Person of day - 25 AUGUST 2020
The future creator of the ratings system that underpins modern chess was born in Hungary, in a town called Egyházaskesző, near Papa. In 1913, he emigrated with his parents to the US, where he would live his whole life.
He was not a professional chess player: after school, he enrolled in University of Chicago, where he graduated in 1935, after which he became a professor of physics and astronomy of Marquette Catholic University. Elo was a professional scientist and a decent chess player,a national master. He was the eight-time champion of Wisconsin, he drew against Reuben Fine twice and he even played in the US championship against a 14-year-old Robert Fischer. From 1935 onwards, he worked in different positions at the American Chess Federation before joining FIDE.
Arpad Elo attained worldwide fame with his system of calculating individual ratings. In 1959, he was asked by President Jerry Spann to join the commission on reviewing and improving the system of individual coefficients that was used by the federation to calculate the relative strength of each player. This system was beset by a few fundamental shortcomings: for example, it enabled a chess player who lost every single match in a tournament to improve his rating, and vice versa. Arpad Elo’s ideas were used to design a new system that offered greater statistical accuracy because it was based on the expected result that depended on the relative strength of the players.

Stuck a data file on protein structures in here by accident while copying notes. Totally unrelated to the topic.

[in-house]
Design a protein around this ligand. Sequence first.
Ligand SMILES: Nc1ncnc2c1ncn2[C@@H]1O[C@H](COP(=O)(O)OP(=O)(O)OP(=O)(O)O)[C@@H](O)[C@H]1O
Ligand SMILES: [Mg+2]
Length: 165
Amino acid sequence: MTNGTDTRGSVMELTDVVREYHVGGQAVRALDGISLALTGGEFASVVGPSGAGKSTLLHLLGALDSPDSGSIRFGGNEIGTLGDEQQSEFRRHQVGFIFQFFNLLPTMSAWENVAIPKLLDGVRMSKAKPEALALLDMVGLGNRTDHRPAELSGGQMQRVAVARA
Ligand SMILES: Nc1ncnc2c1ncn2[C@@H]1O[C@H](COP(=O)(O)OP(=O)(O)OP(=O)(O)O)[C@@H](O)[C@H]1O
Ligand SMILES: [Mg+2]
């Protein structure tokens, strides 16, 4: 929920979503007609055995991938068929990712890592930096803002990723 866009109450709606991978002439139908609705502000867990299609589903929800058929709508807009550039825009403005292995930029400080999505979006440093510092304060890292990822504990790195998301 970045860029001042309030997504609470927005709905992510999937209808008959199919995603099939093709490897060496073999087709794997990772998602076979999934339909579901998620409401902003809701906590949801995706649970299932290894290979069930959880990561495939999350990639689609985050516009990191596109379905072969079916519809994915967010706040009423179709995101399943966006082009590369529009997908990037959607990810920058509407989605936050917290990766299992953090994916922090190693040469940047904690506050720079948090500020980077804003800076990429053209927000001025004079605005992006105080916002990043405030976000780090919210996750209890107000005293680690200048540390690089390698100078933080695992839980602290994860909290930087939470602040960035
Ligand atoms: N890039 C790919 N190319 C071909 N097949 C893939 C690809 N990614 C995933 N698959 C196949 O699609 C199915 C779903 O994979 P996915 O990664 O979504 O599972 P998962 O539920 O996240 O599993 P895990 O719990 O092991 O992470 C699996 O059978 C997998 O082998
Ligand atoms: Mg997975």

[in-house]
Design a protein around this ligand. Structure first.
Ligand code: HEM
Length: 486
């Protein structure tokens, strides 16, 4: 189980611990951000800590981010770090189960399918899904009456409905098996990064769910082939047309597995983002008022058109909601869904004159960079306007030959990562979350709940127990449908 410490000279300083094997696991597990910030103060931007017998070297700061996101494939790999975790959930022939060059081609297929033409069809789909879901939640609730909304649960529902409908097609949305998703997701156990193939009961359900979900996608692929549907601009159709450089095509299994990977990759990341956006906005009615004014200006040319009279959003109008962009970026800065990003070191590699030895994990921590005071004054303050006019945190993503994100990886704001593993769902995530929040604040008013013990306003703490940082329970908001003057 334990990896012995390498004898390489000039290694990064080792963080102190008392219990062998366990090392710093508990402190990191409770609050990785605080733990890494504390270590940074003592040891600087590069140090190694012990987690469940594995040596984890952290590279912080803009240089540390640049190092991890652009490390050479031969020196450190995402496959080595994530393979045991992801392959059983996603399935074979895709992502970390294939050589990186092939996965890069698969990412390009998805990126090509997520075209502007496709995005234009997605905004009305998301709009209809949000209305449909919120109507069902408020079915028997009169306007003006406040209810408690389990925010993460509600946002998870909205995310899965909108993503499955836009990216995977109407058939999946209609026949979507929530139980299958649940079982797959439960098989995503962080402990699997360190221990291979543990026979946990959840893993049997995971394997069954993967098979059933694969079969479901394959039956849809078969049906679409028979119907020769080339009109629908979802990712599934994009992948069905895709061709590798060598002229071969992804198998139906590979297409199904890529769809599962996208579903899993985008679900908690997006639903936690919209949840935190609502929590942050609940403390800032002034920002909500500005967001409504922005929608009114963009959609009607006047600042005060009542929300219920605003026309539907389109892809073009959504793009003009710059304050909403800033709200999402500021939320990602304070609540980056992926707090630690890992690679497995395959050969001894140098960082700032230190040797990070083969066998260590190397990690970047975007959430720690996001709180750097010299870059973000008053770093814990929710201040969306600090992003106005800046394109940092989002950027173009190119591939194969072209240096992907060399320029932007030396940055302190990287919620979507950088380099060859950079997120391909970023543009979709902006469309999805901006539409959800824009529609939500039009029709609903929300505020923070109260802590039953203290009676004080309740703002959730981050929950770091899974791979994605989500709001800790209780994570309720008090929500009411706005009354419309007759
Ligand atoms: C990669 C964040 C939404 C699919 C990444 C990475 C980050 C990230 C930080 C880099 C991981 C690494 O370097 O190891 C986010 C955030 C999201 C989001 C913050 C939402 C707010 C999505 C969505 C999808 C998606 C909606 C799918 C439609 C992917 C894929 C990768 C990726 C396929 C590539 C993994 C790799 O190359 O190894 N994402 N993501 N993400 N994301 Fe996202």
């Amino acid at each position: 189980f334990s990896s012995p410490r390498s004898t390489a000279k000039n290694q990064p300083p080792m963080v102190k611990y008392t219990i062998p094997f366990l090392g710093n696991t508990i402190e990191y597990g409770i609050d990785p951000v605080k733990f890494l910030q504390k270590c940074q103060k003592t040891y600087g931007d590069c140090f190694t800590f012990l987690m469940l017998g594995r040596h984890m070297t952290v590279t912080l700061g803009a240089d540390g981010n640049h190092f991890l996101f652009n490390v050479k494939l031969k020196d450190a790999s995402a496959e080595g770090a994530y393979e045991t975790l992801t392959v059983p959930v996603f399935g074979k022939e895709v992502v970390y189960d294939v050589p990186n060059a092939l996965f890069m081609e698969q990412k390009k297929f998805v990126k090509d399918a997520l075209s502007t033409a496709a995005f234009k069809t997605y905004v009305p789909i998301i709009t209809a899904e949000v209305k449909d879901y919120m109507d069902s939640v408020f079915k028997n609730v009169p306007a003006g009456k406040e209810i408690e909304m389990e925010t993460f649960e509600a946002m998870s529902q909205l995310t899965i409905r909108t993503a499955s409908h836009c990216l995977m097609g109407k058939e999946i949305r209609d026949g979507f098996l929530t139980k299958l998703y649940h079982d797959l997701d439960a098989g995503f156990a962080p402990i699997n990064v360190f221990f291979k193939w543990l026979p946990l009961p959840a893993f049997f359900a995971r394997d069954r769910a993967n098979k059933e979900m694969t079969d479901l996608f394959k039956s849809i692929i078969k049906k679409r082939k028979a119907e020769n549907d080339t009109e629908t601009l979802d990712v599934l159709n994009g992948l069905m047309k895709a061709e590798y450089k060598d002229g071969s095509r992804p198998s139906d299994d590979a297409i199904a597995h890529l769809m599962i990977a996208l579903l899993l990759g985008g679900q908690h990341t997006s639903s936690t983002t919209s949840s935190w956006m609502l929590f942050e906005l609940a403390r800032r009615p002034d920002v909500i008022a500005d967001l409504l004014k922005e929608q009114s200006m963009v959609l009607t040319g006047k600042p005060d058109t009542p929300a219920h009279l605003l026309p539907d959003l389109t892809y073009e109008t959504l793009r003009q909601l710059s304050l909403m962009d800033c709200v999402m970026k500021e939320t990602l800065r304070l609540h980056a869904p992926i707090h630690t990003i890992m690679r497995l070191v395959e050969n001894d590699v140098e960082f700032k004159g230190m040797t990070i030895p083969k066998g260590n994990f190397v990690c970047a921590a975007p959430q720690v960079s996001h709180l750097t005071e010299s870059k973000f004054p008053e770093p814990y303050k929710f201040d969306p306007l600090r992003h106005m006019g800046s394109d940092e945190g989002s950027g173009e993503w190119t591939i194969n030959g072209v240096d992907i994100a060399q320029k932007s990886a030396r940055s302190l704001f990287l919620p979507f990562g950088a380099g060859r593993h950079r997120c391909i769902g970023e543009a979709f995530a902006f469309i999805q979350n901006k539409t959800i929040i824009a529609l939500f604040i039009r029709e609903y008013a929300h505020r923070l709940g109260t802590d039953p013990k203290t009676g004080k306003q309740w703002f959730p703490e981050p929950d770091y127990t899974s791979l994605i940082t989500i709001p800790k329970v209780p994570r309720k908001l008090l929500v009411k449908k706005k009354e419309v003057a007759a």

The Elo system was adopted by the US Chess Federation in 1960 and by FIDE in 1970. The system was sufficiently straightforward to make calculations without machines. At first, Arpad Elo calculated the ratings of all chess players since he was heading FIDE’s qualifications commission for 15 years. Professor Elo’s system is used by FIDE to this day, with minor modifications.
Meanwhile, Elo urged others not to attach universal applicability to his system. “Very often, people that aren’t familiar with the natural limitations of statistics expect too much from ratings. Ratings only compare achievements, nothing more and nothing less…determining a chess player’s rating is similar to determining a float’s position on the waves or a line attached to a fishing rod that is moved around by the wind” he wrote in 1962 in an article for Chess Life.
In 1988, Professor Arpad Elo was included in the American Chess Federation’s Hall of Fame. He died on 5th November 1992.